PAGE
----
L2/L3 Site-to-Site via Fiber cable Connection

Hello Laz,
Reference my previous question (Cisco ASA Site-to-Site IKEV1 IPsec VPN). I have managed to get site-to-site vpn working over a public IP between site A and site B.

Now, i am working on laying a fiber cable connecting both Site A and Site B and my question is,

  1. I do have an ASA firewall at both sites and also L2 switches. I want to know the best option/equipment to terminate the fiber. And how to go about the configuration.
  • What are the configuration steps in case i want to terminate on ASA?
  • Also if i want to terminate on the L2 Switch, how do i go about the configuration.


Hello Samuel

If you are going to replace the VPN with a fiber link, then the use of a firewall to terminate the fiber is not recommended. Firewalls should be placed at the edge of the network, connecting to the ISP and the Internet. Technically you can use the firewalls to terminate the fiber, but their functionality would be lost on such a private WAN link.

If you are going to have a private fiber connection between your sites, the best thing to do is to terminate it on a router at each end or on an L3 switch at each end. This will allow you to employ routing, so that any traffic (typically broadcast traffic) meant to stay within your site should stay there.

Depending on the type of fiber link, you may have a “dark fiber” link where there is no ISP equipment on the link itself, and you can terminate it directly onto your equipment, or you may have a “lit fiber” link, where the ISP terminates the fiber and provides you with an Ethernet interface to connect your equipment to.

In the first case, you must terminate the fiber optic cable onto your equipment, which can be done using an SFP connector on a switch or router that has an SFP interface. The following image shows an SFP transceiver and how it is installed in the appropriate switch port:
Keep in mind that the type of fiber optic cable (mutli mode (MM) or single mode (SM)) should match the type of transceiver used.

Beyond the physical connection, there are no specialized configurations that are necessary for terminating fiber optic cable onto a switch. The port can be configured in the same way as you configure any copper Ethernet port.

If you do end up terminating on an ASA, the ASA must have an available SFP port and transceiver. The configurations would be similar to what you would configure on an Ethernet port.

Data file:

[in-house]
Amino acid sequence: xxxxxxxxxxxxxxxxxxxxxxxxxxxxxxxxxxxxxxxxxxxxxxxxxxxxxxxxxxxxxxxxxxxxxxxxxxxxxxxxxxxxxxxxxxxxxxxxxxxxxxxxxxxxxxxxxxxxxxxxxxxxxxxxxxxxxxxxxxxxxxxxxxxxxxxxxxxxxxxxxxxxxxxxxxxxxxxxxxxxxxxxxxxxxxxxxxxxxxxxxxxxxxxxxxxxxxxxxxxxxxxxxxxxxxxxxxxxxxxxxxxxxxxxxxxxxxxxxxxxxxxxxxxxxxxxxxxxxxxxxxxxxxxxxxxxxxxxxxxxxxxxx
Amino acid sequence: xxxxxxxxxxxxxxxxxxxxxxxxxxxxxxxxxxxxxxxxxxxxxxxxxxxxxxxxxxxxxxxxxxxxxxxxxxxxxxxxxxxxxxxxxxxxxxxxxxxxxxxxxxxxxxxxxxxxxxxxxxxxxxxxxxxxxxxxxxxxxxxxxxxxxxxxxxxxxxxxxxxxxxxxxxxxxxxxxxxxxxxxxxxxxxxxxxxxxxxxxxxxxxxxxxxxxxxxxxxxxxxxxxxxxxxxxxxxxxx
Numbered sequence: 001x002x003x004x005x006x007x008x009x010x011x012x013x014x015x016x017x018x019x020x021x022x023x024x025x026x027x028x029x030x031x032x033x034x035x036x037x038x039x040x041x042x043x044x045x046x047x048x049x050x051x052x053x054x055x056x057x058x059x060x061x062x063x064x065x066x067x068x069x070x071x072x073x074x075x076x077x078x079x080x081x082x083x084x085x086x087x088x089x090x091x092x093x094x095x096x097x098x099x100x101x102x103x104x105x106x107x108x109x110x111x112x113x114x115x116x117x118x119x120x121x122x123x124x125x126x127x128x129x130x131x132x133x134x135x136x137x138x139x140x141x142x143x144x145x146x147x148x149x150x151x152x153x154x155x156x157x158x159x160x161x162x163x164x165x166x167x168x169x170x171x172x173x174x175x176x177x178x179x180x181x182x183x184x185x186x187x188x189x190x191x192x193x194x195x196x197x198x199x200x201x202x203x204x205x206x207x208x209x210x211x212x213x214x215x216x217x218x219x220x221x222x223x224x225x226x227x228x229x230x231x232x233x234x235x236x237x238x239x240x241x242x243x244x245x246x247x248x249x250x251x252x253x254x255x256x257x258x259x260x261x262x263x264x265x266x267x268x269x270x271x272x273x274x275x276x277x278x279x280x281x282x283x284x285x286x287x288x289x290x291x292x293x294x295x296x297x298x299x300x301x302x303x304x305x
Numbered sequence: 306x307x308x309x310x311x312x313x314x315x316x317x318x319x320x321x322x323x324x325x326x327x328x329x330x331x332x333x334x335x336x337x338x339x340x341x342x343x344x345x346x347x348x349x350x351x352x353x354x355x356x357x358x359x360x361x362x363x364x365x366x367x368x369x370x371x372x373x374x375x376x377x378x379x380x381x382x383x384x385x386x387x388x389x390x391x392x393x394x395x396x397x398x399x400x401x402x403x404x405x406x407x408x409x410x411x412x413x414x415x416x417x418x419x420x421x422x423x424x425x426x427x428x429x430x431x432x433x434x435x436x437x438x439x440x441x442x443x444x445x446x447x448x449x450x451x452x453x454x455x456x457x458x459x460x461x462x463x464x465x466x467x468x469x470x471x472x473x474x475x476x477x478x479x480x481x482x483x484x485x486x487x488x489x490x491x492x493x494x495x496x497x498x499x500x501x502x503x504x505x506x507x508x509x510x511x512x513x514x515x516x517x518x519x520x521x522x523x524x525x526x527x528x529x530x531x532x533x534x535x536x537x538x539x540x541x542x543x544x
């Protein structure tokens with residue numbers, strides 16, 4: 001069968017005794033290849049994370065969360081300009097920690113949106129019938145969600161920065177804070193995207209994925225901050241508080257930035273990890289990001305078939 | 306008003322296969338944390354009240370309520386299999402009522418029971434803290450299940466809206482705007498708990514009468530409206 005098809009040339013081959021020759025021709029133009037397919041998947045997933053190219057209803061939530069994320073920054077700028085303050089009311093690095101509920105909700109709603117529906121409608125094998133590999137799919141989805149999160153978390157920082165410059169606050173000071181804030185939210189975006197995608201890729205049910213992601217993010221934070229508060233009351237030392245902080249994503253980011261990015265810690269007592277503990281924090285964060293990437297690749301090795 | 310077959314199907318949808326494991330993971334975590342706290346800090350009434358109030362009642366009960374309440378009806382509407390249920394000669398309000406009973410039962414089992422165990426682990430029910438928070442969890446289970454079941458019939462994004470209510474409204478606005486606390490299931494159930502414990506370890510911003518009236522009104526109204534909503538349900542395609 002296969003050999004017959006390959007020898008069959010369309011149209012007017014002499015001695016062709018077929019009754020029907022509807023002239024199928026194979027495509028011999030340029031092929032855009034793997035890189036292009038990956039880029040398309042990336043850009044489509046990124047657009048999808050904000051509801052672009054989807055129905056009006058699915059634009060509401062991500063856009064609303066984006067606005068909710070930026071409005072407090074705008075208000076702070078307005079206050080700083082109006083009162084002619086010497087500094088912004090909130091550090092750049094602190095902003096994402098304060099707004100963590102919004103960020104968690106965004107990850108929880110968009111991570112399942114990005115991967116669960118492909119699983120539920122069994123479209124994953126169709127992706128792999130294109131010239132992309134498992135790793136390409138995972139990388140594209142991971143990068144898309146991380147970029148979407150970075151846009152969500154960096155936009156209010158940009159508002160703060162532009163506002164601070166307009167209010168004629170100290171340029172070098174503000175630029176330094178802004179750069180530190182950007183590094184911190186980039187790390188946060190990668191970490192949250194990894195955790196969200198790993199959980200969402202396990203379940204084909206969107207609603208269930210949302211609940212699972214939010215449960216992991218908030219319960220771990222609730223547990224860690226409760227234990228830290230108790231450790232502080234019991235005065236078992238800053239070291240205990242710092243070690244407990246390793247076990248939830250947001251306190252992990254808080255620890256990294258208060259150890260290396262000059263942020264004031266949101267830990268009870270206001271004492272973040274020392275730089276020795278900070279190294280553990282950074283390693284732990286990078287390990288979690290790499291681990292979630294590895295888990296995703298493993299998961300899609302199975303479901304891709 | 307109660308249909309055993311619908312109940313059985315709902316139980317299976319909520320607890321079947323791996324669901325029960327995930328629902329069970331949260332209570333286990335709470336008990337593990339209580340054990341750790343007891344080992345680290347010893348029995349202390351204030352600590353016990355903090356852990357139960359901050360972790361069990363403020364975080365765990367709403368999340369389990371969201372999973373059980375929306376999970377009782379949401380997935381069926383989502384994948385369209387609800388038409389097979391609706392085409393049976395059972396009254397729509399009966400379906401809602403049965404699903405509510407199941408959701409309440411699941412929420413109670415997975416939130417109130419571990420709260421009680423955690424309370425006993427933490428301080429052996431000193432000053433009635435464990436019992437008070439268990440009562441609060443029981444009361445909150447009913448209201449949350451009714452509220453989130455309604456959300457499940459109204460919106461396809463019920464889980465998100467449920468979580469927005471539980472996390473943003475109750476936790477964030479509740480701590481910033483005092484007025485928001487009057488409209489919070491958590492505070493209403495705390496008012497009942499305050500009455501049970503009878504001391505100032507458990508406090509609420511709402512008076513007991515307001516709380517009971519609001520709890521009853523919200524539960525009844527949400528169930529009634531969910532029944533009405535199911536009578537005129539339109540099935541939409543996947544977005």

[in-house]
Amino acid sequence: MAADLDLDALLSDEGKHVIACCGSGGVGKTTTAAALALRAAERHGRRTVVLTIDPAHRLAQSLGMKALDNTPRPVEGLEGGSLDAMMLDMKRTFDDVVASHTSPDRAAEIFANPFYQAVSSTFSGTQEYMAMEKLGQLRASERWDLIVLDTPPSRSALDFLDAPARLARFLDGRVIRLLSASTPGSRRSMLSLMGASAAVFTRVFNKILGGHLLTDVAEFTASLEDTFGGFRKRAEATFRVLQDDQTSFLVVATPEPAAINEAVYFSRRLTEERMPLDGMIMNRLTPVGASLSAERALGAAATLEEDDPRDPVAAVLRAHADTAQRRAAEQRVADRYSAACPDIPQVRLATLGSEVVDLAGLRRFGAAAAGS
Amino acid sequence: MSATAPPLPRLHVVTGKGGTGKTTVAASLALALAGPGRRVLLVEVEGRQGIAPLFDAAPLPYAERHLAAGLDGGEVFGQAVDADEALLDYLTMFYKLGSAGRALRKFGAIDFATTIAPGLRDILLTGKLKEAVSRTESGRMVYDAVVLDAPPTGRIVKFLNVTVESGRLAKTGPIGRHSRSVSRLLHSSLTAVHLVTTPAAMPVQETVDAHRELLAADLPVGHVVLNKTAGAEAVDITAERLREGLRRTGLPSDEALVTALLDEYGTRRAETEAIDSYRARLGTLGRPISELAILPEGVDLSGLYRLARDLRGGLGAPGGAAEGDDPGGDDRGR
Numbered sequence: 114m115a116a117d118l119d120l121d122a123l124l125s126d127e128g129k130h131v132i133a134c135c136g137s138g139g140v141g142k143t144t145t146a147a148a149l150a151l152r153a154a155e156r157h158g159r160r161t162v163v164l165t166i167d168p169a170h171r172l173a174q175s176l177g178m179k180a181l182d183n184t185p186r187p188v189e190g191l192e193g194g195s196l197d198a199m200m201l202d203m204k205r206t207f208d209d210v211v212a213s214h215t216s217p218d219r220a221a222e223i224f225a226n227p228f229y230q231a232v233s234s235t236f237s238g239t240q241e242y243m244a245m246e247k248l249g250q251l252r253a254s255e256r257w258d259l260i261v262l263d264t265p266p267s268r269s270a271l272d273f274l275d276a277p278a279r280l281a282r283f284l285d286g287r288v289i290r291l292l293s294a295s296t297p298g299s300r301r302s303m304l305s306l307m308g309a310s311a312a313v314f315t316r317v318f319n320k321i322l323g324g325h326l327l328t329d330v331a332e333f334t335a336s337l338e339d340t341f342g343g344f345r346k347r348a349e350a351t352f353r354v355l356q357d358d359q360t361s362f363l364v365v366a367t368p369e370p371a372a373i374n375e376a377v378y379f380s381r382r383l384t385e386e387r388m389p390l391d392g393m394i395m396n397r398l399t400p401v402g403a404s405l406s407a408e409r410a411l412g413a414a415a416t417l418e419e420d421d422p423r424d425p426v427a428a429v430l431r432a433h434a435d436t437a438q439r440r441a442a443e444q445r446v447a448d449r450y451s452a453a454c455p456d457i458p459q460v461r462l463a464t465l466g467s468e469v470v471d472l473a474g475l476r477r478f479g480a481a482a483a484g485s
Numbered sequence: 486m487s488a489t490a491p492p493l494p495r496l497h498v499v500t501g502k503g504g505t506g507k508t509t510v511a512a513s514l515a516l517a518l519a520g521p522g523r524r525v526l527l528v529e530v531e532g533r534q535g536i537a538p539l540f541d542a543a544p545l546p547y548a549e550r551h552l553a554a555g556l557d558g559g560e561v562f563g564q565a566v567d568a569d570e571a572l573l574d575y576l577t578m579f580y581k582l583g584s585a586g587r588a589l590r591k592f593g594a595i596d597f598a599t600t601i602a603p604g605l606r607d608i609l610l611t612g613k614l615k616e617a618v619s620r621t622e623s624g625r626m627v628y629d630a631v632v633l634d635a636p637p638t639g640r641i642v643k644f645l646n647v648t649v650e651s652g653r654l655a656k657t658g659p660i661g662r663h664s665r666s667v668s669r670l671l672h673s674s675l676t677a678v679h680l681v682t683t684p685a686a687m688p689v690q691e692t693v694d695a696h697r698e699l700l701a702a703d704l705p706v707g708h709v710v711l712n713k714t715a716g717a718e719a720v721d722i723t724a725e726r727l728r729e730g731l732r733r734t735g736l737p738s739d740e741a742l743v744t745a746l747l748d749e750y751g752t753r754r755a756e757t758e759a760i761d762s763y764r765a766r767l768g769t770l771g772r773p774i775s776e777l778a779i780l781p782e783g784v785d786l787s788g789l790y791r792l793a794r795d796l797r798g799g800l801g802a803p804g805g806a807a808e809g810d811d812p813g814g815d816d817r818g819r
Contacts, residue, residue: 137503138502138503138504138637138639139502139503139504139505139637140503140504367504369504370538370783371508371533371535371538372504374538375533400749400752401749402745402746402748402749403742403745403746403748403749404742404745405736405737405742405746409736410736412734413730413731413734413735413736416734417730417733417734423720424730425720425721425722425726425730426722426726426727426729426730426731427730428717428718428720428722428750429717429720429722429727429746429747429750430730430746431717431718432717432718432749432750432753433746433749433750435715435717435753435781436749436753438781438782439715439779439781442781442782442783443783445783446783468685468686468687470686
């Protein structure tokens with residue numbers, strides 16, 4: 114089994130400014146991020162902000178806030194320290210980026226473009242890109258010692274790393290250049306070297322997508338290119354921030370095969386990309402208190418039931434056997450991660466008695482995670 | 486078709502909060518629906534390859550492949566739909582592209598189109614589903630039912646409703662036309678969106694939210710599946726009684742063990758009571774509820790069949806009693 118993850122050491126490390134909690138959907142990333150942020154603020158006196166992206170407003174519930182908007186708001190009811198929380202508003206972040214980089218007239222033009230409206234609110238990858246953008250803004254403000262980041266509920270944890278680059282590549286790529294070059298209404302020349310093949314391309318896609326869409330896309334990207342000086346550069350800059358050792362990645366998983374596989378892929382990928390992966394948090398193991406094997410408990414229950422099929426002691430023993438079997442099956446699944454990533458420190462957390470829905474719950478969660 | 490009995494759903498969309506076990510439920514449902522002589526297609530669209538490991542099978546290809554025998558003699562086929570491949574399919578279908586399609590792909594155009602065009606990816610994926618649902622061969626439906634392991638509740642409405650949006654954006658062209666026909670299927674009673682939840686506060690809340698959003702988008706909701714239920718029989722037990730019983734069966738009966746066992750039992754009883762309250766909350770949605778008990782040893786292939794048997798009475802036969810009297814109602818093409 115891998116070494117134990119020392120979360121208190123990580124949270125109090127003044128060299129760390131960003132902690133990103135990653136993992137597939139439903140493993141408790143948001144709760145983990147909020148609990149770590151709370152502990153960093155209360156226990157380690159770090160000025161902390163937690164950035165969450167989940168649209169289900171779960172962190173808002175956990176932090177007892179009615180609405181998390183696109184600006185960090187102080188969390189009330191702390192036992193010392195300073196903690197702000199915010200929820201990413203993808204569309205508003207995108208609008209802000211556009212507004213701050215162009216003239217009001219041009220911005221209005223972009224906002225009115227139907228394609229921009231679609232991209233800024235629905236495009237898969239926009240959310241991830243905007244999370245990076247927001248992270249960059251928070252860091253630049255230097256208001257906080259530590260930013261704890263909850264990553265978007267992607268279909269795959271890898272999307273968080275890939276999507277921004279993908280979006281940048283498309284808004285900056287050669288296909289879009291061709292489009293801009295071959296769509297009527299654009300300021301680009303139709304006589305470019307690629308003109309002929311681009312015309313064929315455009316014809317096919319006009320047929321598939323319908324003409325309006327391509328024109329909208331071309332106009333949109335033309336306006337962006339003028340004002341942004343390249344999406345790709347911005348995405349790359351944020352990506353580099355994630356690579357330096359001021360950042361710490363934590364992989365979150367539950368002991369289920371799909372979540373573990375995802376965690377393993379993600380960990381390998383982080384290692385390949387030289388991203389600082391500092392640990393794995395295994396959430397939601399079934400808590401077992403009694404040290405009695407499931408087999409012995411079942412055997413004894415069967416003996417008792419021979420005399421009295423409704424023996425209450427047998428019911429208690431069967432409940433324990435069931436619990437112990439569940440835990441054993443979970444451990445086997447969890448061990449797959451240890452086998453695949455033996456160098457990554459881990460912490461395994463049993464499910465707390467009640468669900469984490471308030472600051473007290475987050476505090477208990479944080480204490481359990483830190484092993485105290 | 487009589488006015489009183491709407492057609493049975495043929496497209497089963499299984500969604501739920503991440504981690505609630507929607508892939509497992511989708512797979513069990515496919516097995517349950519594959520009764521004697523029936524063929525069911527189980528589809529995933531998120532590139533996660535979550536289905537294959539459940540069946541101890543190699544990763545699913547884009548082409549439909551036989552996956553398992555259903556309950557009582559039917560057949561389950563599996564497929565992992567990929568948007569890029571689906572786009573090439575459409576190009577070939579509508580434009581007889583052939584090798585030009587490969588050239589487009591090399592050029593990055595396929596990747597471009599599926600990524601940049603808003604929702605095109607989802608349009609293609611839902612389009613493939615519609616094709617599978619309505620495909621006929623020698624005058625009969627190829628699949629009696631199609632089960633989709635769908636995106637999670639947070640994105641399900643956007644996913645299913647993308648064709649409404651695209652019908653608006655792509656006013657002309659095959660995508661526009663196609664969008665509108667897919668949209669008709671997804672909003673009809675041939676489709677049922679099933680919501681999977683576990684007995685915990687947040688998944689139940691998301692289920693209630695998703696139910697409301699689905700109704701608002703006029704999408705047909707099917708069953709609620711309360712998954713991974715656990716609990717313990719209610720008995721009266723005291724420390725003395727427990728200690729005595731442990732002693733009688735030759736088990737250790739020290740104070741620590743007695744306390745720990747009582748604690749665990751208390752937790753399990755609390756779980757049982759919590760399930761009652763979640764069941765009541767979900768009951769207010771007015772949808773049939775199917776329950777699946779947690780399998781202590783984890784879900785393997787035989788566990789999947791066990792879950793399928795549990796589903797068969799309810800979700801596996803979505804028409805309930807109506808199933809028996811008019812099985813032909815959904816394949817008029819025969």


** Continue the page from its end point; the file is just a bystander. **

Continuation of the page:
Remember that if you do end up using the firewall, you won’t need any VPN configurations. Since the fiber functions as if it is part of your private LAN, the security and VPN features that you used to connect over the Internet are no longer needed, and would only add unnecessary overhead to your link. Treat such a connection as you would any other internal connection in your enterprise network.

I hope this has been helpful!


Hello Laz,

Thank you very much for your response.
So it is a “dark fiber” link as we avoided having ISP equipment. We are using a converter (MC200CM Media Converter) at both ends so pretty much that is been taken care of.

On the configuration part, am wondering; if there is a need to configure a VLAN and assign the port where the fiber is terminated to the VLAN then make it a Trunk link. With this, i can allow other VLANs on this trunk port in order to carry all the traffics and same will be done on the other site. What is your thought on this please?

I am open for better ideas. And would appreciate some config syntax.


Hello Samuel

Typically, it is best practice to make a WAN link a routed link. If you make the fiber link a trunk, then this means that you are creating subnets that span both sites. So you have some devices at location A on VLAN 10 and some devices at location B on the same VLAN 10. This will cause broadcast traffic to needlessly traverse the fiber link. By terminating the WAN link on a routed port, you are eliminating this.

Now this is best practice, but there are situations where it may be beneficial for you to span your VLANs across multiple sites. If you have few hosts at each site, and your link is fast enough (a fiber link would probably be fast enough) then any detrimental affects of such a topology would probably not cause any problems. But it all depends on your needs and your topology.

Before getting into any configurations, the first thing that must always be done ( in any network design project) is to put down on paper the network topology, the number of hosts, the particular subnets you will be requiring, the estimated bandwidths per subnet/service that you predict, the location of routing, and the types of services that will be running on the network. These must be decided upon and documented before getting to configurations.

However, if you have a specific requirement for a particular part of the network for which we can direct you to a particular lesson that will help you in your configurations, please let us know.

I hope this has been helpful!